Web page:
“When the going gets weird, the weird turn pro…”
—Hunter S. Thompson
Weird: Forty degrees in January. We all appreciate a January thaw but this last week was weird.
Rancher Lee Spann told me Monday that the weather has been decent from his perspective so far this winter. He said December was pretty warm. He said there’s only been perhaps one –20 degree day so far this winter and in the past there’d be a good stretch about now. “I understand winter in winter and I appreciate warmer days but one thing I don’t like is winter in spring,” he said. Fair enough.
As a skier as opposed to a rancher, I might add to that I’m not a big fan of spring in winter, which is what we’ve experienced this week in a literal January thaw that is melting snow and making it harder to get the Extremes open. I like cold and snowy in January. These temperatures and “Global Weirding” are weird.
Not Weird: A mountain lion at Hartman Rocks. I talked to a woman at the Colorado Parks and Wildlife office this week about the mountain lion encounter with a local dog at Hartman Rocks. No one, including the dog, was seriously hurt. The Parks and Wildlife woman reminded me that pretty much the entire county is mountain lion territory. There have been sightings near Gunnison, near Crested Butte, near Powderhorn. Lions like the wild and they eat a lot of deer. There are plenty of both in this county.
So while I’ve yet to set eyes on a wild mountain lion, it shouldn’t come as a surprise that they are out there setting eyes on us. We live in a wild place. We share our homes. That is wonderful. Just be aware.
Weird: Charging hundreds and hundreds of dollars for a family of four to ski a day in the Rockies. Vail increased the price of a one-day holiday ski lift ticket to $159 last week. Breckenridge, also owned by Vail, upped its lift ticket price to $145. Aspen was about $130. Now, the common wisdom is that no one pays that retail rack rate. Part of the motivation apparently is to get people to buy tickets early for a discount or buy the $729 Epic Season Pass that allows access to a plethora of resorts owned by Vail.
CBMR was charging $106 for walk-up one-day holiday lift tickets. This week they are $103. I’m not saying it’s not worth the three-figure prices, given costs for things like going to a Broncos game or Disneyland, but this sport isn’t for those light in the wallet. I know my kids would be great bowlers instead of great skiers if we didn’t live here.
It just seems weird that it costs so much to ski. Let me say now, I’m glad CBMR is pricing its season passes competitively. I think we all appreciate that. But while Vail might cater to the world’s 1 percent, most of the other resorts in Colorado might think about making sure middle-class families can afford to get hooked on the sport. You want numbers coming 10 and 20 years from now.
Not Weird: The variable avalanche danger in the backcountry. Early snow and some very windy days have made it weird out in the backcountry. And that’s not weird. So be careful and observant and cautious on the hills surrounding our valleys.
Weird: The council thinks it’s a bit weird, and I agree, that there hasn’t been much comment about the proposed annexation in Crested Butte. Part of that might be that the developers appear to be working very well with the town staff and appear open to suggestions at this early stage in the game. But as the council made clear Monday, now is the time to throw out your opinions if you are fundamentally opposed to any annexation to the town. The council doesn’t want to be riding the train and have a “Gang of No” show up and derail the process just as they’re getting close to the final destination. There will be lots of time between now and a final decision to speak your mind over details, but now would be a good time to express your feelings on the general idea of adding to the town. Actually, now that I think about it, it might not be weird that those opposed to any annexation have stayed quiet and might try to derail any plan at the last minute.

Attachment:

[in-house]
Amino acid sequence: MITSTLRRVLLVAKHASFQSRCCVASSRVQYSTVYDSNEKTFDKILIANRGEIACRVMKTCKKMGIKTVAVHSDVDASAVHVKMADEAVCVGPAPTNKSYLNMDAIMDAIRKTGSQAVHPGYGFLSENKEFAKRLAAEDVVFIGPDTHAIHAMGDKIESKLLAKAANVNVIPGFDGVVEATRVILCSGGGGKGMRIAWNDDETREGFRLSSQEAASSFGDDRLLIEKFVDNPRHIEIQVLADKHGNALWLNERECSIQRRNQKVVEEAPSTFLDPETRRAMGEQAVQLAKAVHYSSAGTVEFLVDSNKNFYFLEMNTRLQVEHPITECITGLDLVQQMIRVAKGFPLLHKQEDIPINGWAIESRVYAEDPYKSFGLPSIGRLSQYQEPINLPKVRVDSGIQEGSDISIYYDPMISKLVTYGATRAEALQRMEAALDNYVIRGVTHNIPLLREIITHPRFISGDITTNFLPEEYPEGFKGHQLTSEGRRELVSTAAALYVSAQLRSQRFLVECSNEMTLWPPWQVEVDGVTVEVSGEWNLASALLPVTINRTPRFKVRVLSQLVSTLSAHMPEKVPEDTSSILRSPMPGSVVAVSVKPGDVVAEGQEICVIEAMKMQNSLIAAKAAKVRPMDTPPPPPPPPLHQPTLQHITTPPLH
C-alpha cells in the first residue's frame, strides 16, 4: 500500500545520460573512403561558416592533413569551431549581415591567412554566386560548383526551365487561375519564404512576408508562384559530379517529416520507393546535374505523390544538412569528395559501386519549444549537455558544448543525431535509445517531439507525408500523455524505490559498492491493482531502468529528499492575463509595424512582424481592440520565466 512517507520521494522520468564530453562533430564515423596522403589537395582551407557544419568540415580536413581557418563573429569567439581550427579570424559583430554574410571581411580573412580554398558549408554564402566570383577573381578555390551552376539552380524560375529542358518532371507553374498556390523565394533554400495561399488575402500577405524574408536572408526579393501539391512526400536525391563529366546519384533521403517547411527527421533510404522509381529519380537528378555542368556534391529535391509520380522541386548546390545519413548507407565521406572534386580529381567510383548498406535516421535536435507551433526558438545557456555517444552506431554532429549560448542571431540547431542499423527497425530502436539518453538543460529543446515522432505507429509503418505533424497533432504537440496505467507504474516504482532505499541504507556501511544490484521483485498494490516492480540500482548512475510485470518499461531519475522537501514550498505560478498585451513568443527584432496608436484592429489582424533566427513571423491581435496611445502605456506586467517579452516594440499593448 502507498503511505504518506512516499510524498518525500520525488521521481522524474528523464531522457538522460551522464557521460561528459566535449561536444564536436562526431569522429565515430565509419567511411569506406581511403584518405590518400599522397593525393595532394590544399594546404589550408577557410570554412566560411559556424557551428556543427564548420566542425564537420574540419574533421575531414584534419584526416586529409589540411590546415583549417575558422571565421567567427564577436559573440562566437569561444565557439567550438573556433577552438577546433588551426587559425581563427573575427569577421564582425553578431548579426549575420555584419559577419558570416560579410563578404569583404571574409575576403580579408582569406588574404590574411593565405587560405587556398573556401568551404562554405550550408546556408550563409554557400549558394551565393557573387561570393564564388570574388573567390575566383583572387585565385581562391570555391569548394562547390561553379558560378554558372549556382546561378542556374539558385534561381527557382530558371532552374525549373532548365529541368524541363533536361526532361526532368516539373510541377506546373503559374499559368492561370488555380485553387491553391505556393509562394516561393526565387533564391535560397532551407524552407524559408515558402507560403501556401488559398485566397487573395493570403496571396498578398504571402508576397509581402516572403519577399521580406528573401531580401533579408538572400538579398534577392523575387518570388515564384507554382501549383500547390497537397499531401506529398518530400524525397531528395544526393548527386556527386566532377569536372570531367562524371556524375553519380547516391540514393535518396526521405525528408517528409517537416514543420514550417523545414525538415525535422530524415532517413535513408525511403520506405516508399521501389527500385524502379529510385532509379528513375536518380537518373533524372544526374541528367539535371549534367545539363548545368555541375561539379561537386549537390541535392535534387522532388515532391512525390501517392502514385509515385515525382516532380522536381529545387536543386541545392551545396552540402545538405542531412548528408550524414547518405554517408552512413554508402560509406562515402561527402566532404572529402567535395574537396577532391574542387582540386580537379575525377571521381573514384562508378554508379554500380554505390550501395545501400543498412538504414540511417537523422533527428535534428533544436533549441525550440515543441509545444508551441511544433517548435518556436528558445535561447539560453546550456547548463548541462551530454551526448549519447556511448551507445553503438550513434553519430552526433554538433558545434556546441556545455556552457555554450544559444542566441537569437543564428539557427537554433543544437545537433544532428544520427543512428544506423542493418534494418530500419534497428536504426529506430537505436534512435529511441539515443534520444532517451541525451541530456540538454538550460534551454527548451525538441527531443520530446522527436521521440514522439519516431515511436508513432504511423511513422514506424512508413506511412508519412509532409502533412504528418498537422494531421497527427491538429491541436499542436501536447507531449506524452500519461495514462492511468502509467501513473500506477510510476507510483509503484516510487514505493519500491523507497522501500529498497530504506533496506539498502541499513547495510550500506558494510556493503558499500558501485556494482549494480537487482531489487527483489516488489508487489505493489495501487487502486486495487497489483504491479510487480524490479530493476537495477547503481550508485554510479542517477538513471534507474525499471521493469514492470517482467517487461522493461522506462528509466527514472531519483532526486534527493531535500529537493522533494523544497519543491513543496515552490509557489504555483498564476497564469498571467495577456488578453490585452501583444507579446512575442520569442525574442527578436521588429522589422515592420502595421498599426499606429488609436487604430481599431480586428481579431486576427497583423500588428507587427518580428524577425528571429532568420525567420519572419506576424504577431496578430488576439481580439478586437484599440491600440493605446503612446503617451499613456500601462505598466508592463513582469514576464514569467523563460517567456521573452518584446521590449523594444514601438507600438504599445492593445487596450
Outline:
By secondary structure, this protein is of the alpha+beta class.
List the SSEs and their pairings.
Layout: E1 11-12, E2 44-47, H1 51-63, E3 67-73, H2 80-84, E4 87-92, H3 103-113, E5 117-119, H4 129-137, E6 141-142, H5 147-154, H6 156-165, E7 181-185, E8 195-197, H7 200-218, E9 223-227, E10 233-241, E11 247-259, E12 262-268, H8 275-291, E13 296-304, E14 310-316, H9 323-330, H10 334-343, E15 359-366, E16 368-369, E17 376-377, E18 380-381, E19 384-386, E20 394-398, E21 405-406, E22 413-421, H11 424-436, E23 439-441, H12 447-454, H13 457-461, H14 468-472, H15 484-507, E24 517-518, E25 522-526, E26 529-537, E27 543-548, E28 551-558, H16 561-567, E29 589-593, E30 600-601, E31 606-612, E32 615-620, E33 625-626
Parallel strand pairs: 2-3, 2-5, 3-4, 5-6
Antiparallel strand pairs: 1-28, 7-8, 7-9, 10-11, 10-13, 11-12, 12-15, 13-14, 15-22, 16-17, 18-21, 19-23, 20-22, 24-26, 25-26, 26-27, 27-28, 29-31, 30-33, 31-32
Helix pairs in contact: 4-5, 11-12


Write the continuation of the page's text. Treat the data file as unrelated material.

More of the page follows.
Not Weird: It was busy, really busy in town and on the mountain over the holidays. It used to be pretty much like this every Christmas and New Year’s. But then several things came into play. There was uncertainty in the general economy. The difficulty in getting here compared to other resorts seemed to be worse than usual. What I would characterize as some shaky decisions to focus the resort away from “fun” and toward real estate I believe pushed people away from coming back. That balance seems to be shifting back.
As I spoke with a few local business owners recently, they said that many guests here in the past few weeks said it was time to check out the Crested Butte they’ve been hearing about. And many seemingly heard about it, according to the business owners, from the Bud Light Whatever promotion. Lord knows, Whatever got the Crested Butte name out and it seems to have spurred some movement to check this place out. Apparently, Crested Butte came across as fun last September. Now it is up to the community to see if they come back.
Weird: Many could argue that much of the original weirdness has disappeared from the town. There are still flashes, but flashing now would likely get you arrested whereas 30 years ago it might have gotten you married. In that vein, Connor Hagen is in town to film a documentary about the early ski days. He wants to document the transition from mining town to ski town. That included some weirdness. I can’t wait to see what he comes up with. Hopefully, it will be a little weird.